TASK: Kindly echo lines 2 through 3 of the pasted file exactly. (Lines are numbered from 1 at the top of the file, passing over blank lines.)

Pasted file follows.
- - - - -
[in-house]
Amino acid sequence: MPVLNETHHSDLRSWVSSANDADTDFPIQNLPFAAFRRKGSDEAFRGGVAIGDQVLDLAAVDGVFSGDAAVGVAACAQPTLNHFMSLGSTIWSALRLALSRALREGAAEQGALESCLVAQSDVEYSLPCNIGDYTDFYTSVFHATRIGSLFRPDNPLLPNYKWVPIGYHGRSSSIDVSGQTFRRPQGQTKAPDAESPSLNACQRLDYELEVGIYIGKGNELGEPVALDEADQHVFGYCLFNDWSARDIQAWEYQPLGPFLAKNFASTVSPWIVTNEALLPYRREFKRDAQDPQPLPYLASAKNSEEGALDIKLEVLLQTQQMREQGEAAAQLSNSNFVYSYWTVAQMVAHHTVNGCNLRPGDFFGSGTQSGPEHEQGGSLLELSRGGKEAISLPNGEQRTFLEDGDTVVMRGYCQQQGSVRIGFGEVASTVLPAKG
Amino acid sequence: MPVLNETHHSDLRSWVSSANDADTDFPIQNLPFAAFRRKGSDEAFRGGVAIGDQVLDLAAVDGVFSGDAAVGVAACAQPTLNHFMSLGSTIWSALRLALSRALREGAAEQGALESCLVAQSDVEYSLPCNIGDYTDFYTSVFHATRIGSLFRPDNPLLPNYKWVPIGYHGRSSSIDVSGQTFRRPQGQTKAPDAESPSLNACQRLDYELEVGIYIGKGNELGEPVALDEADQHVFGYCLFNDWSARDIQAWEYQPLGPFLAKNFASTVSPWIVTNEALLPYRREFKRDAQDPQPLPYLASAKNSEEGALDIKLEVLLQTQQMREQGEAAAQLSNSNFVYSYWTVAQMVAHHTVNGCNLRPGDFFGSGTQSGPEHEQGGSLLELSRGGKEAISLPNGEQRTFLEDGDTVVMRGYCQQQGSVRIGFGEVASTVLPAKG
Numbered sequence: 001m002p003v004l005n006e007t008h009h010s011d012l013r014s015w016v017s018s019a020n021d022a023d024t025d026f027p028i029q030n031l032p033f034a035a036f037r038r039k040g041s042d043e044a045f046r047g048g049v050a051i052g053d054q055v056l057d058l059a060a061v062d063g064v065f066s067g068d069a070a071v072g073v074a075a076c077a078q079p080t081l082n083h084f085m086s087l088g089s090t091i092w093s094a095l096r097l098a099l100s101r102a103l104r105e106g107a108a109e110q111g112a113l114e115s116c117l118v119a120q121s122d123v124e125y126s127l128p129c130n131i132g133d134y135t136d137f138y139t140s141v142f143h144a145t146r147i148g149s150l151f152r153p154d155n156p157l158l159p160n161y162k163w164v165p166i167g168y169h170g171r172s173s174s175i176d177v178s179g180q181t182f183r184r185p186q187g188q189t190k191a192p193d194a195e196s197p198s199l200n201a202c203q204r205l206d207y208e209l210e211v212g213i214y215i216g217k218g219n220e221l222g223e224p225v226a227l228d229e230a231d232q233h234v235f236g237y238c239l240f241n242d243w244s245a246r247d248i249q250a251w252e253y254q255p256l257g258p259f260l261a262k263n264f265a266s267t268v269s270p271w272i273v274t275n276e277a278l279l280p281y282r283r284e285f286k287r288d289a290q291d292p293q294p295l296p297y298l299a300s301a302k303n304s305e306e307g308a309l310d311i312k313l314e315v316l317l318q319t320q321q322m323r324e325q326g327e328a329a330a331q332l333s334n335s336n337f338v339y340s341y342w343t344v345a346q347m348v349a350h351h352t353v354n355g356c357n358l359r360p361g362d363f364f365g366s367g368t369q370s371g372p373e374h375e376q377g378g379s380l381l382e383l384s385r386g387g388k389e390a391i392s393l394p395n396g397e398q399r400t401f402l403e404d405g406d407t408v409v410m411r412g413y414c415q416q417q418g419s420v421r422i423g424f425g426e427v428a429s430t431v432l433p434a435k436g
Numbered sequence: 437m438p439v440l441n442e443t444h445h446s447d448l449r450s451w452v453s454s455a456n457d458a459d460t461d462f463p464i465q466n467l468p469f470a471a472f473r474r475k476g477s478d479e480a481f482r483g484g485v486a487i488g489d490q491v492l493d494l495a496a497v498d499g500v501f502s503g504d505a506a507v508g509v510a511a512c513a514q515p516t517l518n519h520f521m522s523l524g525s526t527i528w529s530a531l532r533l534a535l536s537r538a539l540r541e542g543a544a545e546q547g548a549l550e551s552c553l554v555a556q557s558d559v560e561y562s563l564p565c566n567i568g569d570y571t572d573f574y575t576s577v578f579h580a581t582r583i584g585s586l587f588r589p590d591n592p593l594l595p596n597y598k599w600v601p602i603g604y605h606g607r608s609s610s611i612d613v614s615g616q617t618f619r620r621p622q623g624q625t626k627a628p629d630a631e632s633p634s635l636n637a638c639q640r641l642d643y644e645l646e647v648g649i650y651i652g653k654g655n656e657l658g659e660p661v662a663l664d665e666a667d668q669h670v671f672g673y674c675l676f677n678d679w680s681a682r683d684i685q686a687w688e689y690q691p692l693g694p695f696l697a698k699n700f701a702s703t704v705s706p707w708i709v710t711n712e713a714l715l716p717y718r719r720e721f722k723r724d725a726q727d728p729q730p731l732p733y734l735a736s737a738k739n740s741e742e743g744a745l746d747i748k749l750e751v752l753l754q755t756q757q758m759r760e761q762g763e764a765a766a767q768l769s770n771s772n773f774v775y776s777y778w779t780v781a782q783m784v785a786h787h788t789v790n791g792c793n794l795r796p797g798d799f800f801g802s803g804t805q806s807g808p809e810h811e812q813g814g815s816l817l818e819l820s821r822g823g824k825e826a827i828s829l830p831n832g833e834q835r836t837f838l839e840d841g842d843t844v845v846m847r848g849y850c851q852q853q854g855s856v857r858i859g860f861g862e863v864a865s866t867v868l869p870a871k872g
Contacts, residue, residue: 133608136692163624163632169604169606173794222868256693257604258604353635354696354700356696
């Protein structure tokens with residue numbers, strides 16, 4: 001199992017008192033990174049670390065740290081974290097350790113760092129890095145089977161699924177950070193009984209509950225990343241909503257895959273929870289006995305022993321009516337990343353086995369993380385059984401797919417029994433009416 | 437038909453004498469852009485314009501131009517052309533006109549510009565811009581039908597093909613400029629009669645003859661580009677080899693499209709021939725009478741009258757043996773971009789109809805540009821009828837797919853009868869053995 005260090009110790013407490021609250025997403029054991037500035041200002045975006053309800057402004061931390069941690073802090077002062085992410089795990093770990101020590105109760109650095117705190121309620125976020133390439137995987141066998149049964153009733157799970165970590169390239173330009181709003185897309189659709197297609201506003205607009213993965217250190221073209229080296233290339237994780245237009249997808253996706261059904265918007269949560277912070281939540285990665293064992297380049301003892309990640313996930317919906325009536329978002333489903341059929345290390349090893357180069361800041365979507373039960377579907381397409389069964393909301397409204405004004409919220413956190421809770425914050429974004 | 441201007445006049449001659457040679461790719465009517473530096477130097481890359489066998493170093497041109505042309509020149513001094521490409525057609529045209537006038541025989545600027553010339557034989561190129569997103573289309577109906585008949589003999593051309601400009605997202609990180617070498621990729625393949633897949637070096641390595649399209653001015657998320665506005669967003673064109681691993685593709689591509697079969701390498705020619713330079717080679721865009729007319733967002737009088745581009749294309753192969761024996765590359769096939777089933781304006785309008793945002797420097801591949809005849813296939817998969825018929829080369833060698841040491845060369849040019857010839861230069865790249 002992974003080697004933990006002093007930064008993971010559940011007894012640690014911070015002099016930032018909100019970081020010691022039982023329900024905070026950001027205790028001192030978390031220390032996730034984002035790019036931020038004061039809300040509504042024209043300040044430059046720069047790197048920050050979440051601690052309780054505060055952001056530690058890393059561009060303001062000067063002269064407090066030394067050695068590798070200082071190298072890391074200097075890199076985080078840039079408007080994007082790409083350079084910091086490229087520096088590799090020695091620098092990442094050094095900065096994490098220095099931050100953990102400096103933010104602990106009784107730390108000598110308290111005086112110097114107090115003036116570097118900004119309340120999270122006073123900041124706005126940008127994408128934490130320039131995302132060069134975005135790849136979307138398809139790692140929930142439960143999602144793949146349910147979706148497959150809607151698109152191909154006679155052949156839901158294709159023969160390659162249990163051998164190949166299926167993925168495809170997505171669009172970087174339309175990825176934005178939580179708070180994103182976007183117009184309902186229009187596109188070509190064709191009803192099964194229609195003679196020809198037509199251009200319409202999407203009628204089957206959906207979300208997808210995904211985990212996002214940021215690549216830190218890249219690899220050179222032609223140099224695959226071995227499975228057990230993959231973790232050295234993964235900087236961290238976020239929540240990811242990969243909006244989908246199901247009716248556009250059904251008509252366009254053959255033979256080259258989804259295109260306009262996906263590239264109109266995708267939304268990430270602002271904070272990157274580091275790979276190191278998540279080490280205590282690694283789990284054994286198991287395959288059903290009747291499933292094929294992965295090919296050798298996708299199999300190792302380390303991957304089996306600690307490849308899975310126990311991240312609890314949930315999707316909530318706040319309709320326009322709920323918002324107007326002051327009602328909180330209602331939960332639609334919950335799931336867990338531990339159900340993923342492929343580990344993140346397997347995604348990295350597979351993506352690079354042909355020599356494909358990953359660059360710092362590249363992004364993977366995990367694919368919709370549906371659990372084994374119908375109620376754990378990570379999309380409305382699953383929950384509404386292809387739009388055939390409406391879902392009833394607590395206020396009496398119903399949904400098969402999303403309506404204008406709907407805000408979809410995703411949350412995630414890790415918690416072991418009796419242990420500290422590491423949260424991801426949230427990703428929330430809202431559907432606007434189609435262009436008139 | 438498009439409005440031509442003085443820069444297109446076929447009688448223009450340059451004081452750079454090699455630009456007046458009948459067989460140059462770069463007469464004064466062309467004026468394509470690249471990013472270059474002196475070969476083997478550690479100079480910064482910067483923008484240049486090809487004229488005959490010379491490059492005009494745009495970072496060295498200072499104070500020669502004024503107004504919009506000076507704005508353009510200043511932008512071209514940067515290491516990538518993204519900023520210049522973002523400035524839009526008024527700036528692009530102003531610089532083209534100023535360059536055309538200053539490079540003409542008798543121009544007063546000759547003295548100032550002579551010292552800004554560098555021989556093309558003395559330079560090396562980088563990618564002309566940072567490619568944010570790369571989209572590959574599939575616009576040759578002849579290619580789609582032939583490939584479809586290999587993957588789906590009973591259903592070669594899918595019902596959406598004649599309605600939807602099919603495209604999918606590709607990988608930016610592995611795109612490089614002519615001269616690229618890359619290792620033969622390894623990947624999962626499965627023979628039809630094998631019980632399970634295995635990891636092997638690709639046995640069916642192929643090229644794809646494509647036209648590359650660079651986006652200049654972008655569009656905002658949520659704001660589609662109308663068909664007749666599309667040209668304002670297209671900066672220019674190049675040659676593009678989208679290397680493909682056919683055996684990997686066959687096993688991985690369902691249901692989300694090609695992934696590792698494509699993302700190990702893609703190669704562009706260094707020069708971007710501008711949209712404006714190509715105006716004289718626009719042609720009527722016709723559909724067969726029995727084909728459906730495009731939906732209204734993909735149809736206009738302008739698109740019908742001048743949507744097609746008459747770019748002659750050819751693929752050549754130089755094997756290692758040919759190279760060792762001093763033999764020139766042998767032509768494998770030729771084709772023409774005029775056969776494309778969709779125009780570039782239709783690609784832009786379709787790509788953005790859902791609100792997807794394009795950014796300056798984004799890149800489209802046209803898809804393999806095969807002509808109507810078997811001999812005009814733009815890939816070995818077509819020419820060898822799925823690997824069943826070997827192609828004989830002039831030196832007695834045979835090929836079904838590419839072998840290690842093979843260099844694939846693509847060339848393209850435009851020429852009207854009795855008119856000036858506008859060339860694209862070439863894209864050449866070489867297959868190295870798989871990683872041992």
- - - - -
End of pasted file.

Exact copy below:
Amino acid sequence: MPVLNETHHSDLRSWVSSANDADTDFPIQNLPFAAFRRKGSDEAFRGGVAIGDQVLDLAAVDGVFSGDAAVGVAACAQPTLNHFMSLGSTIWSALRLALSRALREGAAEQGALESCLVAQSDVEYSLPCNIGDYTDFYTSVFHATRIGSLFRPDNPLLPNYKWVPIGYHGRSSSIDVSGQTFRRPQGQTKAPDAESPSLNACQRLDYELEVGIYIGKGNELGEPVALDEADQHVFGYCLFNDWSARDIQAWEYQPLGPFLAKNFASTVSPWIVTNEALLPYRREFKRDAQDPQPLPYLASAKNSEEGALDIKLEVLLQTQQMREQGEAAAQLSNSNFVYSYWTVAQMVAHHTVNGCNLRPGDFFGSGTQSGPEHEQGGSLLELSRGGKEAISLPNGEQRTFLEDGDTVVMRGYCQQQGSVRIGFGEVASTVLPAKG
Amino acid sequence: MPVLNETHHSDLRSWVSSANDADTDFPIQNLPFAAFRRKGSDEAFRGGVAIGDQVLDLAAVDGVFSGDAAVGVAACAQPTLNHFMSLGSTIWSALRLALSRALREGAAEQGALESCLVAQSDVEYSLPCNIGDYTDFYTSVFHATRIGSLFRPDNPLLPNYKWVPIGYHGRSSSIDVSGQTFRRPQGQTKAPDAESPSLNACQRLDYELEVGIYIGKGNELGEPVALDEADQHVFGYCLFNDWSARDIQAWEYQPLGPFLAKNFASTVSPWIVTNEALLPYRREFKRDAQDPQPLPYLASAKNSEEGALDIKLEVLLQTQQMREQGEAAAQLSNSNFVYSYWTVAQMVAHHTVNGCNLRPGDFFGSGTQSGPEHEQGGSLLELSRGGKEAISLPNGEQRTFLEDGDTVVMRGYCQQQGSVRIGFGEVASTVLPAKG